Aussie Gajdosova facing serving barrage

Jarmila Gajdosova knows she’ll be under fire from the get-go in her Wimbledon opener on Tuesday.

One of five Australians in action on day two of the championships, Gajdosova is not only up against a former finalist but also the world’s most fearsome server.

Sabine Lisicki, the 2013 runner-up to Marion Bartoli in one of the more unlikely women’s title matches, even has Serena Williams covered.

The German rocketed down a world-record 211 km/hr thunderbolt against Ana Ivanovic at the Stanford Classic last year.

And just two weeks ago, Lisicki whizzed 27 aces – a world record for a women’s three-set match – past Belinda Bencic in Birmingham.

“It’s quick,” Gajdosova said when asked what she made of the 18th seed’s serve.

Little wonder Gajdosova acknowledges the match probably won’t be played on her terms.

“So hopefully she’s not going to have such a good serving day,” said the world No.59.

“But I’ll just have to concentrate on myself, my game and take the chances that I have.

“She made a final here. She likes playing on grass, so it’s a tough first-round.

“I think I’m playing well. I won a few matches in a row in Eastbourne. I’ve had three weeks on grass, hopefully it’s going to be good enough.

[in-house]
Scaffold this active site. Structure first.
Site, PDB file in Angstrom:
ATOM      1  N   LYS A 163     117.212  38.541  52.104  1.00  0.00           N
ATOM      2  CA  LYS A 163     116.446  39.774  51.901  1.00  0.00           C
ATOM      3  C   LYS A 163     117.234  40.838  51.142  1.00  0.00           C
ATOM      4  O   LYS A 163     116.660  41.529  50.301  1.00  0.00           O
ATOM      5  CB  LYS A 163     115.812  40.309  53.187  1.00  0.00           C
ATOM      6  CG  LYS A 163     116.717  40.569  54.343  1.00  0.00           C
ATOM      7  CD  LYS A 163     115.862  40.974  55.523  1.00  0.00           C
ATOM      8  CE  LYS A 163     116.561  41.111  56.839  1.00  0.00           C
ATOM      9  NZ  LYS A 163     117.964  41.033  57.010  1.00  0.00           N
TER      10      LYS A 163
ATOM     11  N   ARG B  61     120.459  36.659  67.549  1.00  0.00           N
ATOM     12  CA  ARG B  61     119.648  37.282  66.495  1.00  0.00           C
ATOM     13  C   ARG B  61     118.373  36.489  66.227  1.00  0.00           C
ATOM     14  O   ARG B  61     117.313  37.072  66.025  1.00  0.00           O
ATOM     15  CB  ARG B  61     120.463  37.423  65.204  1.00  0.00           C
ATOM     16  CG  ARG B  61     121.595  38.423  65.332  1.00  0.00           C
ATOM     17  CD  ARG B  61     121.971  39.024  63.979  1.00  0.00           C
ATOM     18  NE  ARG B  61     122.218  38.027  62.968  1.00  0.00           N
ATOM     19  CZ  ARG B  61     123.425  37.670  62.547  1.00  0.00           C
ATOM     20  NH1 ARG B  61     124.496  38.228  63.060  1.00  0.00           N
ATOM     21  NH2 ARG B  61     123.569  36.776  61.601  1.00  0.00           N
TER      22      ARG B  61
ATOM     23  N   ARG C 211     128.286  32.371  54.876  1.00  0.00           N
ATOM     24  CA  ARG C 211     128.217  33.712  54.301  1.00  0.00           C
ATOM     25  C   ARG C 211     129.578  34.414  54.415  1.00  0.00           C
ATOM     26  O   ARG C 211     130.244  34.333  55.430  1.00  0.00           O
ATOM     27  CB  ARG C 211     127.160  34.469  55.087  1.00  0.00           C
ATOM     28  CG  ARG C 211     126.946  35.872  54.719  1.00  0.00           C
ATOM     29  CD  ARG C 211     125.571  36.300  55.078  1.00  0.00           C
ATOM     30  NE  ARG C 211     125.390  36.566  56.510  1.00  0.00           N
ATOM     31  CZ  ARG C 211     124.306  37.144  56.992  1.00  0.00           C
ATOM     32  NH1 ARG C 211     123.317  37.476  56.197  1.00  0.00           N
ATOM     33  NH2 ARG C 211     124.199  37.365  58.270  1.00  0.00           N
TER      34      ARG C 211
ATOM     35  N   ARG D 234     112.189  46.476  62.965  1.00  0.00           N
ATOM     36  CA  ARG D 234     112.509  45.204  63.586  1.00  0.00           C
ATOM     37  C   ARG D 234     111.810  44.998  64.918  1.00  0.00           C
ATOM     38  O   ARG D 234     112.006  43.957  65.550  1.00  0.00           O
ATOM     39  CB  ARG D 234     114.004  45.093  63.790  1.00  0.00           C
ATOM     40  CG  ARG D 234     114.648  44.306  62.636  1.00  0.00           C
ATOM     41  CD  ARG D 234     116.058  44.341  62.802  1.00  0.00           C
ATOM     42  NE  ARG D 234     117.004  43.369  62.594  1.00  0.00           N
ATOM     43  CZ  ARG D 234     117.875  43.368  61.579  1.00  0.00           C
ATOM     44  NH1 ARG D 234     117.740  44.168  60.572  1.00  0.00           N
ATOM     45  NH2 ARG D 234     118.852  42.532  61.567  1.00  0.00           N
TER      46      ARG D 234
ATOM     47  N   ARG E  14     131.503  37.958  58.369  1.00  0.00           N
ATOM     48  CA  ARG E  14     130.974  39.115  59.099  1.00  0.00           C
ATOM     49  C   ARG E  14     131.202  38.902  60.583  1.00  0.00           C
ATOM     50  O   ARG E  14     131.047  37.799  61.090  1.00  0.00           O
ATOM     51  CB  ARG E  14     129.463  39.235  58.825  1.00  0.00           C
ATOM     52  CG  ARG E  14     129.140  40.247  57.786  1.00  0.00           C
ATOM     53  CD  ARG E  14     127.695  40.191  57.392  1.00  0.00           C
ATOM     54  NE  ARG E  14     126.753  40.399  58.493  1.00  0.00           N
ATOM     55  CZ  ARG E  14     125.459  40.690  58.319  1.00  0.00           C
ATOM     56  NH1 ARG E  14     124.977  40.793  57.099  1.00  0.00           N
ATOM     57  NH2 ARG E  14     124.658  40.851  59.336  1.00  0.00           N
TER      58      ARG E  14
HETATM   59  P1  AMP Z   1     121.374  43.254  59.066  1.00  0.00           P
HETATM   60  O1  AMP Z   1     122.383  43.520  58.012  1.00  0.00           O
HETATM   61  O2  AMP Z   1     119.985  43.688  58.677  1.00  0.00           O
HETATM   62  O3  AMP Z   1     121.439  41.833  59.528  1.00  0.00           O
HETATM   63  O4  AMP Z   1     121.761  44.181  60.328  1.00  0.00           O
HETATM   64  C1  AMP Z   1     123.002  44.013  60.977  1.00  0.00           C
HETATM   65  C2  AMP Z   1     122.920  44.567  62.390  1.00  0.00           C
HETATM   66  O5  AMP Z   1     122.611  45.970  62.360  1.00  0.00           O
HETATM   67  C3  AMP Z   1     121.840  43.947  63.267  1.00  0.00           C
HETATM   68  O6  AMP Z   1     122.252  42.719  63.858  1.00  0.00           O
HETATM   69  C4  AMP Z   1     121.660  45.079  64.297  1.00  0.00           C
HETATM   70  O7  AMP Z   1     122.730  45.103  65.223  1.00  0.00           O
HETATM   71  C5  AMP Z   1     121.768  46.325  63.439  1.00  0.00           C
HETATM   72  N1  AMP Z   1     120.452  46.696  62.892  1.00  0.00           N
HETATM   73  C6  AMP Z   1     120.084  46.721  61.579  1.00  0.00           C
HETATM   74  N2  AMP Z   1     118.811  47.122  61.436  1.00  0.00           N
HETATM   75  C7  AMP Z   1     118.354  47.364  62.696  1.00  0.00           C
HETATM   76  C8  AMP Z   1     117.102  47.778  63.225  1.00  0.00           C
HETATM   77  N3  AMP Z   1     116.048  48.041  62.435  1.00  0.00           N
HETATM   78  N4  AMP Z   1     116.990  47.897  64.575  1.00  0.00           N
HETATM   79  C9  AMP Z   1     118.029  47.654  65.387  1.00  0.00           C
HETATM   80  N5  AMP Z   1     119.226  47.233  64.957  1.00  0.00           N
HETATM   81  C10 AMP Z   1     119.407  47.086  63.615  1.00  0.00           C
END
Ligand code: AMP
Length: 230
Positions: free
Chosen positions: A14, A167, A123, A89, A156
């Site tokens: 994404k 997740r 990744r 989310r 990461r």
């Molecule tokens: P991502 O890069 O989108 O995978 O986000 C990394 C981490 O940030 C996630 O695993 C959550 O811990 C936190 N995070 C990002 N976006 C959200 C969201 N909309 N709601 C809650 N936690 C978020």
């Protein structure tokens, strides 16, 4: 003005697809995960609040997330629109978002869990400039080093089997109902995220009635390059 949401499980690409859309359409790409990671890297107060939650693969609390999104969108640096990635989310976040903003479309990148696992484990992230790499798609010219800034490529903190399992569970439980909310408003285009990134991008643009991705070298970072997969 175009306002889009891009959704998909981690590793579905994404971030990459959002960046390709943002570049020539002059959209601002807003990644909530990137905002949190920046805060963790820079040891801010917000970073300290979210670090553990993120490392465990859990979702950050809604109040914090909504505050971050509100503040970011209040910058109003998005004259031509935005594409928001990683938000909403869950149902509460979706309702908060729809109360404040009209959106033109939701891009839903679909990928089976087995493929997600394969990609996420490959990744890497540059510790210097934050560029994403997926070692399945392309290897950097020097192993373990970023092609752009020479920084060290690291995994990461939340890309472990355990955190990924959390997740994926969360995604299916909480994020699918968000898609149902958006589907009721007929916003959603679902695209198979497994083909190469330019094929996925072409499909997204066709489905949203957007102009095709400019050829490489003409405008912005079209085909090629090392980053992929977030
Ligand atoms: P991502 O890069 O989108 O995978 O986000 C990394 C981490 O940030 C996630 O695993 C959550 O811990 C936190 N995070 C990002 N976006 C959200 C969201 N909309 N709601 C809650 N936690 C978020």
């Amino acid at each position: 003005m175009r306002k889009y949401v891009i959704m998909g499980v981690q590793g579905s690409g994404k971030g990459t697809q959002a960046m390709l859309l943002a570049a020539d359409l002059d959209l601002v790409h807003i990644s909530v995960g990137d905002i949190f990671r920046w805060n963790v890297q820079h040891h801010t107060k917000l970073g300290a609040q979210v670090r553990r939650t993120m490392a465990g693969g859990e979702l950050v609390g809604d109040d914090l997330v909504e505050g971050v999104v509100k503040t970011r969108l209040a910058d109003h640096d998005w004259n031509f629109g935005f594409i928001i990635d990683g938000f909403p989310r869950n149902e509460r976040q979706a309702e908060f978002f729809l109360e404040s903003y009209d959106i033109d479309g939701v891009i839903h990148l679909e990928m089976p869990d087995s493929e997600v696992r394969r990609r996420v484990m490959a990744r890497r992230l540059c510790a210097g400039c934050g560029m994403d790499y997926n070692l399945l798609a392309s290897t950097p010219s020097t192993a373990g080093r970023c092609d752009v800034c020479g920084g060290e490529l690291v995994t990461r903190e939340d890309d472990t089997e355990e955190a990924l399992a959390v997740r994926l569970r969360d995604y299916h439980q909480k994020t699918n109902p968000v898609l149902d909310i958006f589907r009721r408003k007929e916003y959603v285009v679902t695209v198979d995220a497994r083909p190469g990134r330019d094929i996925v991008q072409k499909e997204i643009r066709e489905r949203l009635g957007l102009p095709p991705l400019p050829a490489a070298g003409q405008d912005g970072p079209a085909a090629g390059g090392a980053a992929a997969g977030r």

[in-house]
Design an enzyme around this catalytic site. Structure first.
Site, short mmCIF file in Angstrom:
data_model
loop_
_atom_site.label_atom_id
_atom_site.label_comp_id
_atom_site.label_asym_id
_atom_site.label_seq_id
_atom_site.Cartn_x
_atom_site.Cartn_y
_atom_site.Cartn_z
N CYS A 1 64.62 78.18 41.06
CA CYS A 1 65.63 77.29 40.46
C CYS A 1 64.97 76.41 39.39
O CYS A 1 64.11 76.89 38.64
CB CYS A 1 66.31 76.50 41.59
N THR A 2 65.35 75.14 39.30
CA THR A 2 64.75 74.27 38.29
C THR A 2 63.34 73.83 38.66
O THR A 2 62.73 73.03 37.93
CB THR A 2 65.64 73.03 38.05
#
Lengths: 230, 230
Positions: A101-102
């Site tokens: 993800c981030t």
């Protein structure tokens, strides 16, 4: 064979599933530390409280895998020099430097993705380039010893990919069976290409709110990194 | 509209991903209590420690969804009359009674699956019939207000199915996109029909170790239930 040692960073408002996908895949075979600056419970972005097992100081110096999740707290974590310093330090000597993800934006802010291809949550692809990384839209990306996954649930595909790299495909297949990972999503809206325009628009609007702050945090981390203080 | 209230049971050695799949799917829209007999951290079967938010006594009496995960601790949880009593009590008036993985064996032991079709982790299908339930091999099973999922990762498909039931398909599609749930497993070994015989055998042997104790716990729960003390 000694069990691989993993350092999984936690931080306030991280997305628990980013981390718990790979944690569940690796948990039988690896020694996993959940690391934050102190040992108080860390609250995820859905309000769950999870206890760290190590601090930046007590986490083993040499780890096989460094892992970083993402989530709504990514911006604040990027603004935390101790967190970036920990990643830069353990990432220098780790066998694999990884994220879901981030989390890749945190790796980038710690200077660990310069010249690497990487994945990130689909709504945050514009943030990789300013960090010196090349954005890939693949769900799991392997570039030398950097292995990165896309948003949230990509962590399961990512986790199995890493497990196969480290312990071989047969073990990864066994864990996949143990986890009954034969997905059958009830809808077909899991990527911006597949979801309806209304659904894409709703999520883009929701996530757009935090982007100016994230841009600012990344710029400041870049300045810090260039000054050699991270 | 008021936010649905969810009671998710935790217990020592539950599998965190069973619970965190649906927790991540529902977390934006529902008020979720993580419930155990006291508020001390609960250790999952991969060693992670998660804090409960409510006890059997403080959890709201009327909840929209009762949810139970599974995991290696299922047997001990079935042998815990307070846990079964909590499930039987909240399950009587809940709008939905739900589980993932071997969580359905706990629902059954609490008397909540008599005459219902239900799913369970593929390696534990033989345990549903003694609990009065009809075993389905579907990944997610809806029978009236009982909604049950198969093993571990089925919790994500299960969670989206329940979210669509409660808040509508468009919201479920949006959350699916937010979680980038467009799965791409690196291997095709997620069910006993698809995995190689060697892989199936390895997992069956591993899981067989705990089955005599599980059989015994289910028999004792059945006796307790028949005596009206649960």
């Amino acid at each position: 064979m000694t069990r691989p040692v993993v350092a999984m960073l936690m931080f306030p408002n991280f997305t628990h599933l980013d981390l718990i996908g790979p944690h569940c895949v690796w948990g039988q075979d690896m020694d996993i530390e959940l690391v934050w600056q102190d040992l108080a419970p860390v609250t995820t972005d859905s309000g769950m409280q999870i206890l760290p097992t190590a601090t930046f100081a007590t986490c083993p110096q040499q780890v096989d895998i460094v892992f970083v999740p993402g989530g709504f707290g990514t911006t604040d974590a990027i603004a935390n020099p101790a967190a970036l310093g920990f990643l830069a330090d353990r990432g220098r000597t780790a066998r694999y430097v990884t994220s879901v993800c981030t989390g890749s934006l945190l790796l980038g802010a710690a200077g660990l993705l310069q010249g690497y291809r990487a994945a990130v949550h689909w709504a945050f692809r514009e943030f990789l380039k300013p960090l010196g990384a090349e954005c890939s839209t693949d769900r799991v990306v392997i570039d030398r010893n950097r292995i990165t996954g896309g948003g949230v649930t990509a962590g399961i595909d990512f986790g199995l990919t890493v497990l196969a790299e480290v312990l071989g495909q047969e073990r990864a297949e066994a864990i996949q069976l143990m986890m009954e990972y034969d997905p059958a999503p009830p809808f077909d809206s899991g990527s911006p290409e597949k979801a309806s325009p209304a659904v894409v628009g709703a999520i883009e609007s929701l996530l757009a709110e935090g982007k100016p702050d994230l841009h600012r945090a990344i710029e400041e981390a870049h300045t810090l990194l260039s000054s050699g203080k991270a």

“It’s a first round; anything can happen.”

Casey Dellacqua, the French Open doubles finalist who insists singles remain her priority, plays Austrian qualifier Tamira Paszek, while Alja Tomljanovic, flying solo after splitting with coach David Taylor, takes on Czech Klara Koukalova.

In-form Sam Groth, with nine wins already on English grass this month, and James Duckworth are the only two Australian men playing on Tuesday.

They could clash in the second round if they both win their openers.

Groth fancies his chances of upsetting American 31st seed Jack Sock, while Duckworth is eager to move on against Tunisian Malek Jaziri after suffering a shattering loss from two sets up at the French Open.

“I was pretty disappointed with that loss in Paris,” Duckworth said.

“It was a tough one to swallow, but it’s a new tournament this week, a new grand slam.

“I’m really excited to be here at the All England Club. Grass is my favourite surface.”

Groth and Duckworth were among 11 Australians to make the men’s main draw.

“It’s awesome,” Duckworth said.

“We’ve got a little area in the locker-room in the back corners. It’s great.”

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